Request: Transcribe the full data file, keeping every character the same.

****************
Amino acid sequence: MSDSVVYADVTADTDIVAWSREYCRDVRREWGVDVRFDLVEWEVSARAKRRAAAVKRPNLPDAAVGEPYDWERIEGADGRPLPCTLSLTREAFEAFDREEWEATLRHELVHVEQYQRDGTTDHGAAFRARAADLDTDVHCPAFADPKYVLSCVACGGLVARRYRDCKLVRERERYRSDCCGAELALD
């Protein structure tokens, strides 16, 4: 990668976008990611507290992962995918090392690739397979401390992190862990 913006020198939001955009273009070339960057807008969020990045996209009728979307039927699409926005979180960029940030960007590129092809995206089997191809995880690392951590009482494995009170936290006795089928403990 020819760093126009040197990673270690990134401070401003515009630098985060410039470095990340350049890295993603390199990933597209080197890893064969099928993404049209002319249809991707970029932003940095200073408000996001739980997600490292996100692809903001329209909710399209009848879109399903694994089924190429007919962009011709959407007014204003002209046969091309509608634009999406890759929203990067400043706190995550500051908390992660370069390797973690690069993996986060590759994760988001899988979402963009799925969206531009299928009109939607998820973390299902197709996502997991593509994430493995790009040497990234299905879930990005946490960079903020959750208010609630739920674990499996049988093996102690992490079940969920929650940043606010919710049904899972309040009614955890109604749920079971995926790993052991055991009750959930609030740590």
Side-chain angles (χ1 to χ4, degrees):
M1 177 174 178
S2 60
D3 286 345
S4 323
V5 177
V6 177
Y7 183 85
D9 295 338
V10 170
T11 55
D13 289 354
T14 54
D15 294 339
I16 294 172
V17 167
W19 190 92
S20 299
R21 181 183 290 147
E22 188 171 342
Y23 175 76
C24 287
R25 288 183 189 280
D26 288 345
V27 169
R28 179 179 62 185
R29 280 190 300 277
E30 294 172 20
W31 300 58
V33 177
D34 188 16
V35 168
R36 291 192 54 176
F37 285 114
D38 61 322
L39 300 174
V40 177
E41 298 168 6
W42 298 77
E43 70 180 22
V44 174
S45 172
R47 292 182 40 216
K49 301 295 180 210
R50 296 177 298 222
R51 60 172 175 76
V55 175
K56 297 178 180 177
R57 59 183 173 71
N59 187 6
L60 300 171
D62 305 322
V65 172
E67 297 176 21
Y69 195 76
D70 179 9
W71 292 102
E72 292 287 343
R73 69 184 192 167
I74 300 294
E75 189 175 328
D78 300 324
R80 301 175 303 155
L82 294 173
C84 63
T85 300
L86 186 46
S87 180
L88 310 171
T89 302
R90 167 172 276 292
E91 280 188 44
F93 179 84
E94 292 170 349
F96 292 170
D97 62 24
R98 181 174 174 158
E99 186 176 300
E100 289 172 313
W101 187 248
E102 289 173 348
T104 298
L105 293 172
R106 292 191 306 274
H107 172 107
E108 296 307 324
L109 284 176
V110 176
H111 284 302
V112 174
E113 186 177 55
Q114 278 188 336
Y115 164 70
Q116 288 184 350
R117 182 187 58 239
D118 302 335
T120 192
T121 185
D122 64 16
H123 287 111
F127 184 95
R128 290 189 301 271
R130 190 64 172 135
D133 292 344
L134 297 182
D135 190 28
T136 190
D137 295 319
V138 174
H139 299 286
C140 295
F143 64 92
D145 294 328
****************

Amino acid sequence: MSDSVVYADVTADTDIVAWSREYCRDVRREWGVDVRFDLVEWEVSARAKRRAAAVKRPNLPDAAVGEPYDWERIEGADGRPLPCTLSLTREAFEAFDREEWEATLRHELVHVEQYQRDGTTDHGAAFRARAADLDTDVHCPAFADPKYVLSCVACGGLVARRYRDCKLVRERERYRSDCCGAELALD
């Protein structure tokens, strides 16, 4: 990668976008990611507290992962995918090392690739397979401390992190862990 913006020198939001955009273009070339960057807008969020990045996209009728979307039927699409926005979180960029940030960007590129092809995206089997191809995880690392951590009482494995009170936290006795089928403990 020819760093126009040197990673270690990134401070401003515009630098985060410039470095990340350049890295993603390199990933597209080197890893064969099928993404049209002319249809991707970029932003940095200073408000996001739980997600490292996100692809903001329209909710399209009848879109399903694994089924190429007919962009011709959407007014204003002209046969091309509608634009999406890759929203990067400043706190995550500051908390992660370069390797973690690069993996986060590759994760988001899988979402963009799925969206531009299928009109939607998820973390299902197709996502997991593509994430493995790009040497990234299905879930990005946490960079903020959750208010609630739920674990499996049988093996102690992490079940969920929650940043606010919710049904899972309040009614955890109604749920079971995926790993052991055991009750959930609030740590």
Side-chain angles (χ1 to χ4, degrees):
M1 177 174 178
S2 60
D3 286 345
S4 323
V5 177
V6 177
Y7 183 85
D9 295 338
V10 170
T11 55
D13 289 354
T14 54
D15 294 339
I16 294 172
V17 167
W19 190 92
S20 299
R21 181 183 290 147
E22 188 171 342
Y23 175 76
C24 287
R25 288 183 189 280
D26 288 345
V27 169
R28 179 179 62 185
R29 280 190 300 277
E30 294 172 20
W31 300 58
V33 177
D34 188 16
V35 168
R36 291 192 54 176
F37 285 114
D38 61 322
L39 300 174
V40 177
E41 298 168 6
W42 298 77
E43 70 180 22
V44 174
S45 172
R47 292 182 40 216
K49 301 295 180 210
R50 296 177 298 222
R51 60 172 175 76
V55 175
K56 297 178 180 177
R57 59 183 173 71
N59 187 6
L60 300 171
D62 305 322
V65 172
E67 297 176 21
Y69 195 76
D70 179 9
W71 292 102
E72 292 287 343
R73 69 184 192 167
I74 300 294
E75 189 175 328
D78 300 324
R80 301 175 303 155
L82 294 173
C84 63
T85 300
L86 186 46
S87 180
L88 310 171
T89 302
R90 167 172 276 292
E91 280 188 44
F93 179 84
E94 292 170 349
F96 292 170
D97 62 24
R98 181 174 174 158
E99 186 176 300
E100 289 172 313
W101 187 248
E102 289 173 348
T104 298
L105 293 172
R106 292 191 306 274
H107 172 107
E108 296 307 324
L109 284 176
V110 176
H111 284 302
V112 174
E113 186 177 55
Q114 278 188 336
Y115 164 70
Q116 288 184 350
R117 182 187 58 239
D118 302 335
T120 192
T121 185
D122 64 16
H123 287 111
F127 184 95
R128 290 189 301 271
R130 190 64 172 135
D133 292 344
L134 297 182
D135 190 28
T136 190
D137 295 319
V138 174
H139 299 286
C140 295
F143 64 92
D145 294 328